Can water bugs in the genus belostoma bite you?

I handle these guys a lot, and I once saw someone say they bite. I also heard someone say they don’t bite. do they bite, or do they not bite?

just about anything with a mouth can bite. water bugs seem to be relatively docile, and i’ve never been bitten either, but i wouldn’t want to roughly handle one. if one does decide to bite you, it will hurt.

https://www.wemjournal.org/article/S1080-6032(10)00039-6/fulltext

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Apparently they will - they do kill small fish after all. Aquatic bugs have piercing/sucking mouthparts, and inject substances into the prey. I got bitten by a backswimmer (Notodontidae) about as long as my thumbnail, and the pain went all the way from my hand up to my elbow. No lasting damage, but it hurt for an hour or so. I’m always careful handling aquatic bugs, especially those big Belostomatids!

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I don’t really have any experience with Belostoma. But one day I was fishing brackish water here in Florida and pulled up seaweed covered with small, circular water bugs. The seaweed came from the ocean and the water bugs came from freshwater sources. I picked one up to look at it closely and it immediately bite/stung me. Ouch, it really hurt!

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I’m not sure about Belostoma in particular, but Belostomatids including the giant water bug, Lethocerus americanus can give a nasty “bite”. They actually have piercing, sucking mouthparts, so “bite” is a bit of a misnomer. They can inject saliva with venoms in it that is very painful. I’ve never been bitten myself, but know people who have, and they say it was pretty bad.

They are also called “toebiters” by some folks down South in the US, and are known for preying on frogs (many pics of frogs being pierced and having their innards sucked out).

https://www.mister-toad.com/photos/inverts/Lethocerus_eating_frog_01.html
https://www.researchgate.net/publication/232688868_Structure_and_Function_of_the_Mouthparts_and_Salivary_Gland_Complex_of_the_Giant_Waterbug_Belostoma_lutarium_Stal_Hemiptera_Belostomatidae

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They pierce their mouth parts on you when threatened, and although they use sucking mouthparts instead of mandibles, ‘‘bite’’ isn’t that wrong at all, since they’re still using their mouthparts. And yes, they are frequently called ‘‘toe-biters’’ in the South.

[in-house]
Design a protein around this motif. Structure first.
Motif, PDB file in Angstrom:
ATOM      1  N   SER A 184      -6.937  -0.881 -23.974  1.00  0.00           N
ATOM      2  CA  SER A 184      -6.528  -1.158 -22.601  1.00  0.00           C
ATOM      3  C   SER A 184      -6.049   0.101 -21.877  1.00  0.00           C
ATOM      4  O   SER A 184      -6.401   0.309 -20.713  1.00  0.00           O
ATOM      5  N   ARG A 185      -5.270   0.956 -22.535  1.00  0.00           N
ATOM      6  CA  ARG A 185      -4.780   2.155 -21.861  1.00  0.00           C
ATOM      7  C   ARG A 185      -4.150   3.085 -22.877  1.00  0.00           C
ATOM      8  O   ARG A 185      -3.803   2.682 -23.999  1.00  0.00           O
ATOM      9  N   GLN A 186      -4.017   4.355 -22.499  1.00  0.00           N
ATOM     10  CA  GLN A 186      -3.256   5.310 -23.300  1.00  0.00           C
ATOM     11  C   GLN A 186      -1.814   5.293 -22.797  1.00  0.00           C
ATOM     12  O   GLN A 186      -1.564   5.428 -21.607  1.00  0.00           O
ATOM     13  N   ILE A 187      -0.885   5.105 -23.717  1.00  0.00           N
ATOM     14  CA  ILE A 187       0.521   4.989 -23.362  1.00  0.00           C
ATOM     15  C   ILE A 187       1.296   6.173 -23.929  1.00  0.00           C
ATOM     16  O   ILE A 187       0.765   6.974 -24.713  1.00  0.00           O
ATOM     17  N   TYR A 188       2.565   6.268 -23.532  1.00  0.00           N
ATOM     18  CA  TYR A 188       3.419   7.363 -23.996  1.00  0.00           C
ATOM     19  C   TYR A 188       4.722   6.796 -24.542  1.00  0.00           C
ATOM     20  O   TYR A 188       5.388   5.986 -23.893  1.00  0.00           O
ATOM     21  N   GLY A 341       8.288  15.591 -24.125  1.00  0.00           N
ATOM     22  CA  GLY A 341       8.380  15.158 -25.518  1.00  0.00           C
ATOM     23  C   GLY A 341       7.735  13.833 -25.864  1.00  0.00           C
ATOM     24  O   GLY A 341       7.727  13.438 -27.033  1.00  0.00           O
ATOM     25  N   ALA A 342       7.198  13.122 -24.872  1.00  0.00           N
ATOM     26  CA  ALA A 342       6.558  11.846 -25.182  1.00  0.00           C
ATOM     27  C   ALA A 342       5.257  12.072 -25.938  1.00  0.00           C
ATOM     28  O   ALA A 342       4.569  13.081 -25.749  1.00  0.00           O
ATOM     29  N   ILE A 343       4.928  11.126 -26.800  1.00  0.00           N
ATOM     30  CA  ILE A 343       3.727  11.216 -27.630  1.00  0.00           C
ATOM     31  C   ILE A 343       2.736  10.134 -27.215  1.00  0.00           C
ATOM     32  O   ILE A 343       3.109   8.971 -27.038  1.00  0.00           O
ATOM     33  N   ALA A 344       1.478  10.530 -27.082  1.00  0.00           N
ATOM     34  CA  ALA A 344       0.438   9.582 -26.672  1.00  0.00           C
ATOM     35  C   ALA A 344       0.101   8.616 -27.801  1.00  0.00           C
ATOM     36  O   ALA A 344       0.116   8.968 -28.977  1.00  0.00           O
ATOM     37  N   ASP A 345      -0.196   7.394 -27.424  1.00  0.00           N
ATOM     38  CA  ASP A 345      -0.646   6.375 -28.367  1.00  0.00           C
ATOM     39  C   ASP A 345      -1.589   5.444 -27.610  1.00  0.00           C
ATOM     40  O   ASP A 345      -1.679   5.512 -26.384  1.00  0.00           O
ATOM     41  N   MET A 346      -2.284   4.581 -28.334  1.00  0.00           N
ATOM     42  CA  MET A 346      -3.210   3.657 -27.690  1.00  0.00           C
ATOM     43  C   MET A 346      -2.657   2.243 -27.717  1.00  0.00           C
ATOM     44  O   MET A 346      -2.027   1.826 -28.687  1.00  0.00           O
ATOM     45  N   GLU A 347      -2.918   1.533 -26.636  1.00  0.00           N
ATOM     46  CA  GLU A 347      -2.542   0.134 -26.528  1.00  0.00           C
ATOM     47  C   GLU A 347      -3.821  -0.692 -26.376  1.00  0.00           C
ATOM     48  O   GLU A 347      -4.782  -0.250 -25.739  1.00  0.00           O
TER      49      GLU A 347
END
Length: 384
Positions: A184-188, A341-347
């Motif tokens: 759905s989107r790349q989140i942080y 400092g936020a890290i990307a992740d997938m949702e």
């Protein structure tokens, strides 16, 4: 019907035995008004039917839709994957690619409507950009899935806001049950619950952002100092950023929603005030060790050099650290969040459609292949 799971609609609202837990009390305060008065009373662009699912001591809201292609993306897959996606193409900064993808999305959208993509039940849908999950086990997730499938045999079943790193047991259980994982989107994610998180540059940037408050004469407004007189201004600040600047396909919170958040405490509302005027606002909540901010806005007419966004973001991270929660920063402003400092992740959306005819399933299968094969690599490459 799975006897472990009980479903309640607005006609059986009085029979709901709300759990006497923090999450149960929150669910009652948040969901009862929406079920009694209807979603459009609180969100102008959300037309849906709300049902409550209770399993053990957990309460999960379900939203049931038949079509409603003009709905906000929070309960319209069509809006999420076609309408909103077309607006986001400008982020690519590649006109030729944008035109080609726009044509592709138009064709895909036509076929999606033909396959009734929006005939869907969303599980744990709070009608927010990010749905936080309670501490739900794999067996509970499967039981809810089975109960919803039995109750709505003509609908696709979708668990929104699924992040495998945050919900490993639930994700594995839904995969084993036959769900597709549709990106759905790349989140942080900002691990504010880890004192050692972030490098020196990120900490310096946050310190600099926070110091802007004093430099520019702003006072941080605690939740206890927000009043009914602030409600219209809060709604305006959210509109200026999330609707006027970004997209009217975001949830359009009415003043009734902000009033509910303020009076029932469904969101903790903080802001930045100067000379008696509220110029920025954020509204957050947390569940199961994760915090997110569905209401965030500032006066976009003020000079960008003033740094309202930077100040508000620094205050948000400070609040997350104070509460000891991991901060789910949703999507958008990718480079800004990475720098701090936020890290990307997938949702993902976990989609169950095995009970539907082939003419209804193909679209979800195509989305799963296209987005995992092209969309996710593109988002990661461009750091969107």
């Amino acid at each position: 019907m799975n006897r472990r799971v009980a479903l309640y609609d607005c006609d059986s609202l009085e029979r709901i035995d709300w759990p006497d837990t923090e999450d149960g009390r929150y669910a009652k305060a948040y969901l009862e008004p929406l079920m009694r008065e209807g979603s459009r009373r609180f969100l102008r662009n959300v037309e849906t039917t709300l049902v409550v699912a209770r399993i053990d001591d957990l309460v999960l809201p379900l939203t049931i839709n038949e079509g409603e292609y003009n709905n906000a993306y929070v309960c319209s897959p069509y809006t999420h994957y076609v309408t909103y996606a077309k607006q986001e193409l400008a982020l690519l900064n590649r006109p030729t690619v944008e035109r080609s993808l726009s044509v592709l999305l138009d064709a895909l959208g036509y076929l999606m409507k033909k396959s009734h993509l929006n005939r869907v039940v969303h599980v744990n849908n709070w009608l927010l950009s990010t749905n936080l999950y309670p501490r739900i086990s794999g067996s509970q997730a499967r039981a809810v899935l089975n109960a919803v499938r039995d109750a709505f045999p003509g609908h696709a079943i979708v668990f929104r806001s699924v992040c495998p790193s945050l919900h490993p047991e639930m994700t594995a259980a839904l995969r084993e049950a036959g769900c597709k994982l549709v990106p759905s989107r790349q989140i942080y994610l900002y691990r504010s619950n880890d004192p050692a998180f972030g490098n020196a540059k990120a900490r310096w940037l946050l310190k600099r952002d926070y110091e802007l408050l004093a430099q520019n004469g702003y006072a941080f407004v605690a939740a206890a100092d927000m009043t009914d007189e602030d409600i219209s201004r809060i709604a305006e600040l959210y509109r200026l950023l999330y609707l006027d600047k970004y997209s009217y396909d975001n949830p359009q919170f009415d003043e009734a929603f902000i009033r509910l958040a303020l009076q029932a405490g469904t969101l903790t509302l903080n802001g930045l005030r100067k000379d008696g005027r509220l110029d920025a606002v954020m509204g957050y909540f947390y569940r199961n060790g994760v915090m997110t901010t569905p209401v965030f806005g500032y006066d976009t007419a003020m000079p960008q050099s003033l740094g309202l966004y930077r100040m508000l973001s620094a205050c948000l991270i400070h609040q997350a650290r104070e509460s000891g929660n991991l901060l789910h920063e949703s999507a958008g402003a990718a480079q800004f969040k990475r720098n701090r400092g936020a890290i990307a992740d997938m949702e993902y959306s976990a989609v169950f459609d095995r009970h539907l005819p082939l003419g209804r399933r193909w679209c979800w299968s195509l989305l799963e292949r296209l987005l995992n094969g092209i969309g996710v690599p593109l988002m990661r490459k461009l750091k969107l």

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They can and they do:

https://www.researchgate.net/publication/44888136_Bites_Caused_by_Giant_Water_Bugs_Belonging_to_Belostomatidae_Family_Hemiptera_Heteroptera_in_Humans_A_Report_of_Seven_Cases

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I accidentally grabbed a stinkbug, hidden under the far side of the railing.
Stabbed with a red hot needle!

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Most bugs can bite or otherwise injure with their mouthparts, but predatory water insects in particular can inflict a nasty, painful jab. They aren’t dangerous, it’s just gonna hurt like hell. Giant Waterbugs supposedly have one of the most painful bites of any North American insect. Not that I’ve checked.

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Yeah, generally most heteropterans can injure with their straw-like mouthparts, but giant-water bugs are particularly painful, as well as assassin bugs (reduviidae) like wheel bugs and ambush bugs. Both of them are predators, so they use strong digestive juices of some sort that dissolve the interior of their prey, and they also use those chemicals to pack you a nasty punch when they feel threatened, and that’s why they are so painful.

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I wonder if that’s how their prey feels? ::shudder::

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I’m just going to tell myself that the prey’s nerves are damaged quickly enough for it to not feel much, because otherwise there’s a nasty conclusion to be had.

(Referring to waterbugs, not stinkbugs. Stinkbugs aren’t predatory.)

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Well, actually, stinkbugs can sometimes be predatory, hunting other insects like caterpillars.

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“Life” is not always painless, or clean. Especially in regards to the prey/predator relationship. Not to diminish your concern, but often Life is ugly, especially when viewed from human standards. Humans can be pretty ugly as well.

I’m fully aware of that, yes. Hyenas frequently eat their prey alive, there’s quite possibly at least one species of parasitic wasp for every other species of insect, and all sorts of animals kill each other in all sorts of awful ways. But if I sit and think about the amount of pain going on constantly, it’s going to make me very sad over something I have no means of doing anything about.
So, because I am not a waterbug scientist, and because it has literally no impact on the world other than letting me not dwell on something sad, I’m going to tell myself that animals killed by waterbugs generally don’t feel much pain. Even if it is probably wrong.

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